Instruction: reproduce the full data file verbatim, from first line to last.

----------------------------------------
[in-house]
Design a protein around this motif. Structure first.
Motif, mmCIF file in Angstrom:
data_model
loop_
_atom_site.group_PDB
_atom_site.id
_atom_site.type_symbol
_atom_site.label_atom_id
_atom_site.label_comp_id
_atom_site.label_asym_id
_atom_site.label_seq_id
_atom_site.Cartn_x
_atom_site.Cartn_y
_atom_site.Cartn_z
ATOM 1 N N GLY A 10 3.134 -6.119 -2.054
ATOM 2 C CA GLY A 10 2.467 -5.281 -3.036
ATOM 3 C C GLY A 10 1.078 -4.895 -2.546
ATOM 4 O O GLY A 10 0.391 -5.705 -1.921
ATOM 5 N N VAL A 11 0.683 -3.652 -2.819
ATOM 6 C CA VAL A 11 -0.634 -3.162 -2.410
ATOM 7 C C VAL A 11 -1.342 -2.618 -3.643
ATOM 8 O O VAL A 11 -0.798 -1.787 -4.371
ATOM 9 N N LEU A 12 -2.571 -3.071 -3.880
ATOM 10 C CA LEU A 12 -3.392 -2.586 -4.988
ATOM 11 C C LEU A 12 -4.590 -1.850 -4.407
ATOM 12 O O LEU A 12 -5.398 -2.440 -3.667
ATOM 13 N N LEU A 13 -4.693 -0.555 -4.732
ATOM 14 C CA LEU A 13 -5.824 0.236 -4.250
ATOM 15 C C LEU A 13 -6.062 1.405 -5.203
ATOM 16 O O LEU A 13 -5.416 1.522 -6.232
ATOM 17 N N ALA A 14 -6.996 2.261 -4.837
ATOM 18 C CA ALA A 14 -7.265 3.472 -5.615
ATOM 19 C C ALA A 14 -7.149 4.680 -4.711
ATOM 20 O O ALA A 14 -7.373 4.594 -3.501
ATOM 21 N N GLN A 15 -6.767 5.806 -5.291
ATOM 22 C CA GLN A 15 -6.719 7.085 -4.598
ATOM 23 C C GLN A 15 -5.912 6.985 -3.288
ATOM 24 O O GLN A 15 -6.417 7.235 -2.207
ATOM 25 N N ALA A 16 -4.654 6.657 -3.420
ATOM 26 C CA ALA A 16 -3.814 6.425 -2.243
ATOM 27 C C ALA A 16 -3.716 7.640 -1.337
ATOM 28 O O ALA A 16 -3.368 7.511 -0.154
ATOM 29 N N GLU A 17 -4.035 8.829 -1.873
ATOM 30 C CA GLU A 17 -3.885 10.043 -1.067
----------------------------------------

[in-house]
Design a protein around this motif. Structure first.
Motif, mmCIF file in Angstrom:
data_model
loop_
_atom_site.group_PDB
_atom_site.id
_atom_site.type_symbol
_atom_site.label_atom_id
_atom_site.label_comp_id
_atom_site.label_asym_id
_atom_site.label_seq_id
_atom_site.Cartn_x
_atom_site.Cartn_y
_atom_site.Cartn_z
ATOM 1 N N GLY A 10 3.134 -6.119 -2.054
ATOM 2 C CA GLY A 10 2.467 -5.281 -3.036
ATOM 3 C C GLY A 10 1.078 -4.895 -2.546
ATOM 4 O O GLY A 10 0.391 -5.705 -1.921
ATOM 5 N N VAL A 11 0.683 -3.652 -2.819
ATOM 6 C CA VAL A 11 -0.634 -3.162 -2.410
ATOM 7 C C VAL A 11 -1.342 -2.618 -3.643
ATOM 8 O O VAL A 11 -0.798 -1.787 -4.371
ATOM 9 N N LEU A 12 -2.571 -3.071 -3.880
ATOM 10 C CA LEU A 12 -3.392 -2.586 -4.988
ATOM 11 C C LEU A 12 -4.590 -1.850 -4.407
ATOM 12 O O LEU A 12 -5.398 -2.440 -3.667
ATOM 13 N N LEU A 13 -4.693 -0.555 -4.732
ATOM 14 C CA LEU A 13 -5.824 0.236 -4.250
ATOM 15 C C LEU A 13 -6.062 1.405 -5.203
ATOM 16 O O LEU A 13 -5.416 1.522 -6.232
ATOM 17 N N ALA A 14 -6.996 2.261 -4.837
ATOM 18 C CA ALA A 14 -7.265 3.472 -5.615
ATOM 19 C C ALA A 14 -7.149 4.680 -4.711
ATOM 20 O O ALA A 14 -7.373 4.594 -3.501
ATOM 21 N N GLN A 15 -6.767 5.806 -5.291
ATOM 22 C CA GLN A 15 -6.719 7.085 -4.598
ATOM 23 C C GLN A 15 -5.912 6.985 -3.288
ATOM 24 O O GLN A 15 -6.417 7.235 -2.207
ATOM 25 N N ALA A 16 -4.654 6.657 -3.420
ATOM 26 C CA ALA A 16 -3.814 6.425 -2.243
ATOM 27 C C ALA A 16 -3.716 7.640 -1.337
ATOM 28 O O ALA A 16 -3.368 7.511 -0.154
ATOM 29 N N GLU A 17 -4.035 8.829 -1.873
ATOM 30 C CA GLU A 17 -3.885 10.043 -1.067